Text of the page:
Old Magic

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  • Published: 12 Jan 2014
  • Updated: 2 Mar 2014
  • Status: Complete
What was the story behind Hogwarts's four founders? What were their lives like, fighting to create a peaceful magical society, and why were they fighting among themselves?


24. Chapter Twenty-four

He stopped just outside the bathroom door. The castle was silent, as always, but he wanted to be certain nobody could see him. Quietly as possible, he creaked the door ajar and slipped inside. He imagined the bathroom would be the best place because of it's wide, sloping pipes running around the school. He sank to his knees as he neared a small sink set into a pole, reaching the ceiling. Now that he was eye level with it, he could see his reflection in the copper tap. Here was the place. Raising his wand, he carved a miniature serpent into the side of it. When the day came, his heir would know exactly who made this, all because of this small symbol. 

He starred at the snake for a moment, and imagined he could see it wriggling around by the trick of the light dancing across it. "Open," Salazar hissed in Parseltongue. Immediately, a large gap began to open, forming a long chute. He took a gulp, and jumped. The drop was longer than he had expected, nevertheless, he landed softly on the moss-strewn floor. "Lumos," he whispered, and his wand tip ignited.

Looking around, Salazar realized exactly where he was. He had landed on the bottommost floor, the lowest dungeon. This was much more than the average dungeon, however. The faded stone walls dripped with water and mildew, and the floor was covered with puddles and moss. Frantic scurrying noises told him there was a family of mice nearby. Salazar cautiously crept forward, holding his wand high above him to light the way. Every footstep made a loud slapping noise in the small amount of water. 

Finally he arrived in a huge, open space. Parts of the high ceiling had caved in, leaving piles of rocks and debris scattered around the room. Here was the perfect place. Usually, when performing magic, Salazar would have used his wand. Now, however, he raised his hand. He had taught himself this ancient magic, and was quite good at it. Tensing his fingertips, Salazar directed his hand at a pile of rocks. They instantly flew up and landed in random spots along the back wall. Slowly, he carved out a hole in the center of the wall. he looked up to the wall, but instead was now looking at his own features. He had carved an enormous replica of his face into the wall. He had left his mouth open in the statue. Now, he called into the silence,"Come," in the strange, hissing language. At his command, the long shadow of his snake slithered into the room.  "Go," he commanded. The serpent coiled itself up and crawled into the statue's mouth. It vanished into the darkness of it's depths. Now Salazar was certain his Basilisk would remain there dormant for centuries, until his rightful heir came to unleash it upon his school and wipe out the Muggle-borns.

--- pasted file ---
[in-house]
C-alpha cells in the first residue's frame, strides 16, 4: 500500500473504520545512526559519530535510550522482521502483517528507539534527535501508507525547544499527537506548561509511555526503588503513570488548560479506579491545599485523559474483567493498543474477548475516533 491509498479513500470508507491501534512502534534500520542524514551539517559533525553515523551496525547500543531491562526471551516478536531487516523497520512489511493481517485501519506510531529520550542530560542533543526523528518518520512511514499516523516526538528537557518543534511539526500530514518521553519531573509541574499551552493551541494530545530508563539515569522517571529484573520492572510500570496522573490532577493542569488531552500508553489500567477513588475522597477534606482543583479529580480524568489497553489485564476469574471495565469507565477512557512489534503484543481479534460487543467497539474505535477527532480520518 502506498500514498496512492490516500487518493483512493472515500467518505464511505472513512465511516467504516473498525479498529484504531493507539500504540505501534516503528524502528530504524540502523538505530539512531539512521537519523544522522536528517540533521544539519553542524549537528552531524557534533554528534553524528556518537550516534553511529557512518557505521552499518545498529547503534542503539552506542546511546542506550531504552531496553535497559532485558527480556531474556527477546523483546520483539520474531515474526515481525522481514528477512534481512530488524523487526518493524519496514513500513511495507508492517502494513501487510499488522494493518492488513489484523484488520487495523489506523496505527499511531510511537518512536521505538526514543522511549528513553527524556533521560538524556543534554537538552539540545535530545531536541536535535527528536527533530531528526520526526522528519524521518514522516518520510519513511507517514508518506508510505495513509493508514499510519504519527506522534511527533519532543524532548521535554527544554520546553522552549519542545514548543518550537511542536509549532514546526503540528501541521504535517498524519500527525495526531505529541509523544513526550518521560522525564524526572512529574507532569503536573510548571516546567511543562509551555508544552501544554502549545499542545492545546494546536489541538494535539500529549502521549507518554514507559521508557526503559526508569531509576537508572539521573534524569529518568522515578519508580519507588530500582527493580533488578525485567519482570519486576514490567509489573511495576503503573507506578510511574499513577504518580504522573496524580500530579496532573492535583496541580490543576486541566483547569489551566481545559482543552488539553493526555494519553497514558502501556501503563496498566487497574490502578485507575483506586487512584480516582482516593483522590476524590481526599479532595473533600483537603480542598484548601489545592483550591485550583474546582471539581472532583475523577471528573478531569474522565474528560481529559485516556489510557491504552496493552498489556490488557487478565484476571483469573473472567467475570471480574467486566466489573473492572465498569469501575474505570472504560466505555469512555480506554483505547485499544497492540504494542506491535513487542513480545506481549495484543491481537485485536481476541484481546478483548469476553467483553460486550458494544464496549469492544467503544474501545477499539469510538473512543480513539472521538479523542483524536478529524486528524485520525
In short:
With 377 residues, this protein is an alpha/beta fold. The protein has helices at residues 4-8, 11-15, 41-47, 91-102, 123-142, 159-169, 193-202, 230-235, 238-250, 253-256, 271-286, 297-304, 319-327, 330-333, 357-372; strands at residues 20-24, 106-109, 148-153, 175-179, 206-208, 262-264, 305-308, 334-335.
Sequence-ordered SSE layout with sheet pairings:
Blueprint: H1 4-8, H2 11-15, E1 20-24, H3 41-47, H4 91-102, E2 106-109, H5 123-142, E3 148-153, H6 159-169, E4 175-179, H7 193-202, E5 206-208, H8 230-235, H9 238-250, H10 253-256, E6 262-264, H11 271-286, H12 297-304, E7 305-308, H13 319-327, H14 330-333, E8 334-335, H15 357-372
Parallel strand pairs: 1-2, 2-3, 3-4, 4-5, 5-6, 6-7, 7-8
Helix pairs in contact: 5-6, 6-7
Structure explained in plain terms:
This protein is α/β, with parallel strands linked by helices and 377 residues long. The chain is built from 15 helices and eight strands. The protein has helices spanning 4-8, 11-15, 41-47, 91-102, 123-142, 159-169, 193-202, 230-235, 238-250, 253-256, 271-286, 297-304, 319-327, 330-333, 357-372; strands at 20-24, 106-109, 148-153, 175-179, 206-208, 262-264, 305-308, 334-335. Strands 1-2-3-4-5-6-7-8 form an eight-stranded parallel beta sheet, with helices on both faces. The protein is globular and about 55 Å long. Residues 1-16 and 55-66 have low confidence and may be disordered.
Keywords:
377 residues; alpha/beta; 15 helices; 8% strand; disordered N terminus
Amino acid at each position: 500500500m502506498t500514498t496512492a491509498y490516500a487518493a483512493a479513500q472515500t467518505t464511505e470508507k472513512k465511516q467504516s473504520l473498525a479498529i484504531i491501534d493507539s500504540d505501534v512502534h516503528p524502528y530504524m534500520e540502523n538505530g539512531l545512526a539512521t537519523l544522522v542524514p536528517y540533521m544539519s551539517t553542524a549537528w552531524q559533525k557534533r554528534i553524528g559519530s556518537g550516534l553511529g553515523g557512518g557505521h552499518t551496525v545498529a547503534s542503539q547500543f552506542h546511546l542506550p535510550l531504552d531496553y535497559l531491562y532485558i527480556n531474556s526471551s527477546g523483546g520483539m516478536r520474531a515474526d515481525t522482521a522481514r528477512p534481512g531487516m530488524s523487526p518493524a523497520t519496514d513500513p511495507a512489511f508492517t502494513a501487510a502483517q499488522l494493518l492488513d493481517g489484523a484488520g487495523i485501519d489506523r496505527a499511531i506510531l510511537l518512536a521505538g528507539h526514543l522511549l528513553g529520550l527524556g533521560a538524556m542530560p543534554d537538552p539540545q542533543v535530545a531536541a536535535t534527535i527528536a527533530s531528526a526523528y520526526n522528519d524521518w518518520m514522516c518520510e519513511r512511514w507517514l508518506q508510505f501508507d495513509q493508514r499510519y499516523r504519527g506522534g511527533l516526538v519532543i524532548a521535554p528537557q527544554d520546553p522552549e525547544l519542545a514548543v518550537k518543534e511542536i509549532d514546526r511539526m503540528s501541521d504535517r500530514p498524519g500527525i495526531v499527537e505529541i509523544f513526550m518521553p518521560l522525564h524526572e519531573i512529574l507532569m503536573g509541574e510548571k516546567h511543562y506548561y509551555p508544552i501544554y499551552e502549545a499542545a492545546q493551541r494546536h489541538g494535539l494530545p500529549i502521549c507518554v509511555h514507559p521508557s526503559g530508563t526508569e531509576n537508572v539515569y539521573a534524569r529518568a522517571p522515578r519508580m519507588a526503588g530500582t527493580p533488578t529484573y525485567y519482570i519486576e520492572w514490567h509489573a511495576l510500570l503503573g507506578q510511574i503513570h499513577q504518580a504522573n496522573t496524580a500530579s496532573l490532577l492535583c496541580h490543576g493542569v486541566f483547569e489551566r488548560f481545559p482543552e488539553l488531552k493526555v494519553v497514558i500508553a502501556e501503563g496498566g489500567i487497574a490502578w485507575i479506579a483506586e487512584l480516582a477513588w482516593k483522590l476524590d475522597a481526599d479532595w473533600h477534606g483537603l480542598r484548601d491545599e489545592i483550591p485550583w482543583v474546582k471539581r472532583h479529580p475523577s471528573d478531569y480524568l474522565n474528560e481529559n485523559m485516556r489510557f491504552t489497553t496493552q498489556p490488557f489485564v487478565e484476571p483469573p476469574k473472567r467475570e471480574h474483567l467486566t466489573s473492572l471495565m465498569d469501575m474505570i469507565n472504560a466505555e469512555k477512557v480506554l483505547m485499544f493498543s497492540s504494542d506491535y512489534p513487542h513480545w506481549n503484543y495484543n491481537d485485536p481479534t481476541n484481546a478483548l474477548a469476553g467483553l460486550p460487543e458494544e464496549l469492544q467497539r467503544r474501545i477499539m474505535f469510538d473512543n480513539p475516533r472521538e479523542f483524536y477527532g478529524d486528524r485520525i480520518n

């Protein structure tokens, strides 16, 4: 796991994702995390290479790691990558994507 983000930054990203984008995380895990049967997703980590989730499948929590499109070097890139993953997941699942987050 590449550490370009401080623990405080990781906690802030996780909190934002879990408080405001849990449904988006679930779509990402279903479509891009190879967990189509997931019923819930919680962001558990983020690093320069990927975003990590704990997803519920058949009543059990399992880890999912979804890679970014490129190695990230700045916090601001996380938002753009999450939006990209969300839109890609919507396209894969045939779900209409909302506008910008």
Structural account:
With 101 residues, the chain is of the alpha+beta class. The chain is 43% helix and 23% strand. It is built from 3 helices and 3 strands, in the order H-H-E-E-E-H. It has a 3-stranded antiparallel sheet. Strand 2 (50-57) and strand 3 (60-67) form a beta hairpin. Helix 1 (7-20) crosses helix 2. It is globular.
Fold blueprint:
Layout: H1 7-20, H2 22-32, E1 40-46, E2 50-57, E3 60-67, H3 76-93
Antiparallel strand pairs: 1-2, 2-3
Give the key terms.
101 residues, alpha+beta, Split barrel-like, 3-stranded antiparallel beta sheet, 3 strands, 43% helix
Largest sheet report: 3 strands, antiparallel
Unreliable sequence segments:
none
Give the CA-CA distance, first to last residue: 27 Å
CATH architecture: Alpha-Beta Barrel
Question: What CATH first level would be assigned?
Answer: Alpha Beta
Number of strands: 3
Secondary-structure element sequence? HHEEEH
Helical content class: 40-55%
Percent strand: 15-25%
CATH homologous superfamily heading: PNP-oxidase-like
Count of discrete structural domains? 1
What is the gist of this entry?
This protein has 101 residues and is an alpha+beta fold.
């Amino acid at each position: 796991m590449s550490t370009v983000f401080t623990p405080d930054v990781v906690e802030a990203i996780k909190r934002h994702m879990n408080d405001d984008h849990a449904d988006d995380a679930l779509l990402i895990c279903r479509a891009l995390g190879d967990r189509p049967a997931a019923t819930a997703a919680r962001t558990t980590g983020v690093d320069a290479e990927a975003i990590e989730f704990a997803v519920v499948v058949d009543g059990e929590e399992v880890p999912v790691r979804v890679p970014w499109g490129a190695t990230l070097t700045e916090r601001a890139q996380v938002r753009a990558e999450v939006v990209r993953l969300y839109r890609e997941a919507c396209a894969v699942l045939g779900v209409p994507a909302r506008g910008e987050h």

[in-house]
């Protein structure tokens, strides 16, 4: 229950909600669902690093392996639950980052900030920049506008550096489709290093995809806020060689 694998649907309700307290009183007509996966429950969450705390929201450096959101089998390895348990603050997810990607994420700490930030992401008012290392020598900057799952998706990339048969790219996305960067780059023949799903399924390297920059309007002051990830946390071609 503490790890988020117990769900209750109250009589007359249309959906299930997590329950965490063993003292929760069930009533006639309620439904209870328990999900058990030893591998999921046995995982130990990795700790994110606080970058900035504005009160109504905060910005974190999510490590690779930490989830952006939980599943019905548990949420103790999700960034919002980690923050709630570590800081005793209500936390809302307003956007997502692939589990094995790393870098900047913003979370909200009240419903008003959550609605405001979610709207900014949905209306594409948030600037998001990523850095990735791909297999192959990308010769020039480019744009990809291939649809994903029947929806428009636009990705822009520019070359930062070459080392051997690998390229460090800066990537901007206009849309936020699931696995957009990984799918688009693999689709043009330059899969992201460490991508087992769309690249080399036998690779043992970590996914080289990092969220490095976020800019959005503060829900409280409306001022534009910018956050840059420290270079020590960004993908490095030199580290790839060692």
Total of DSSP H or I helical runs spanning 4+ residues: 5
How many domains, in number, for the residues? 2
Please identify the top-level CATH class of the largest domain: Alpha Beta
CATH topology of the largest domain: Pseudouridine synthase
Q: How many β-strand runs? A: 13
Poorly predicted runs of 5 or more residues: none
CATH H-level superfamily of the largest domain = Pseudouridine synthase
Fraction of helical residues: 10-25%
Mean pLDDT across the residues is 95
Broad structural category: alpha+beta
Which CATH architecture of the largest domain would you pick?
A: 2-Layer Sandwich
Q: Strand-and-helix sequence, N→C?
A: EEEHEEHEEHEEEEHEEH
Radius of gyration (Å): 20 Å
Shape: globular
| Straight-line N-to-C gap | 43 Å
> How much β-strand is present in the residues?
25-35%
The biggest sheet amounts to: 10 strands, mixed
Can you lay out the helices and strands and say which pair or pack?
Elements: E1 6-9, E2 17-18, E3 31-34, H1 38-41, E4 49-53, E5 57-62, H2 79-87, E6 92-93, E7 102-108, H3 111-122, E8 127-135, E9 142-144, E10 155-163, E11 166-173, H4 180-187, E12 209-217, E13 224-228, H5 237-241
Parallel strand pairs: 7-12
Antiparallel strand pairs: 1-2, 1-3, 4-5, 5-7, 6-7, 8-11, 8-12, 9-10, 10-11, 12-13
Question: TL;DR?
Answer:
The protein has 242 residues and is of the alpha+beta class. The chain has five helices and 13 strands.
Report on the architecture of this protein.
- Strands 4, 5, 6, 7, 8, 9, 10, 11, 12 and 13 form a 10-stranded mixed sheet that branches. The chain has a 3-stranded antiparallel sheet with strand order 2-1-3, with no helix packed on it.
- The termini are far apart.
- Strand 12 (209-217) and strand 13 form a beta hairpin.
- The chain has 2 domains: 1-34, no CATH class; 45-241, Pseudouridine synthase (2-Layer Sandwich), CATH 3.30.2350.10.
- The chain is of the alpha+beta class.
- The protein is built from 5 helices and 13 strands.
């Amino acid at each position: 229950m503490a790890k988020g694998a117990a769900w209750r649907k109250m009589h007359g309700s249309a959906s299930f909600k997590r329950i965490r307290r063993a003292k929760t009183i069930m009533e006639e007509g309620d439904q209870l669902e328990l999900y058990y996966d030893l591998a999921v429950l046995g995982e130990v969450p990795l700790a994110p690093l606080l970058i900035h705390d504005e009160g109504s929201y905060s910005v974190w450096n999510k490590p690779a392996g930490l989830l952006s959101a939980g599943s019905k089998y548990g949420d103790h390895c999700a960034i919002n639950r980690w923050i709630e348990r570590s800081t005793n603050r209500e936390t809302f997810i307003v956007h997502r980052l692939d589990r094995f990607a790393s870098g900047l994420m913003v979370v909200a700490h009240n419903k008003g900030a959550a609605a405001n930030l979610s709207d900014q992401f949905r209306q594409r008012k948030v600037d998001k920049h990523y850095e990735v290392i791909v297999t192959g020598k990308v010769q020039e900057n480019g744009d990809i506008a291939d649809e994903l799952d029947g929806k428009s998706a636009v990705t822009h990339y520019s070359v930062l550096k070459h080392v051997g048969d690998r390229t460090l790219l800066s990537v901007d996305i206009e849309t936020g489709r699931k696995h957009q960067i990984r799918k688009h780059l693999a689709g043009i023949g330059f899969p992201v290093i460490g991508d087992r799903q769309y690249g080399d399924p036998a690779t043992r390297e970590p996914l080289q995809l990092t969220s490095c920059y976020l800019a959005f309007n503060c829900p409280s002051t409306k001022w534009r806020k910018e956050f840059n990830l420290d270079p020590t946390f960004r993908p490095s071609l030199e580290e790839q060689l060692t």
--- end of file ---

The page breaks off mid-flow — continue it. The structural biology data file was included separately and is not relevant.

His work finished, Salazar turned to leave. He whipped around and walked quickly down the long aisle he had come from. Then, he stuck out both hands on either side of him. Bright, silvery sparks shot from his palms. He concentrated hard. Large, stony-grey statues of serpents burst forth from the ground. They filled the chamber with eerie sounds and made the floor tremble. Once in position, long, spiked fangs protruded from their skulls, and suddenly as it started, it stopped. 

He closed his eyes. Around him, shaky waves in the still water began to form. They rose up like a miniature tsunami, and encircled Salazar. They made a cocoon around him, drenching him and suffocating him. Then the waves burst apart, slopping over the aisle and swaying back into place. But Salazar had vanished. 

The Chamber of Secrets had been opened. 

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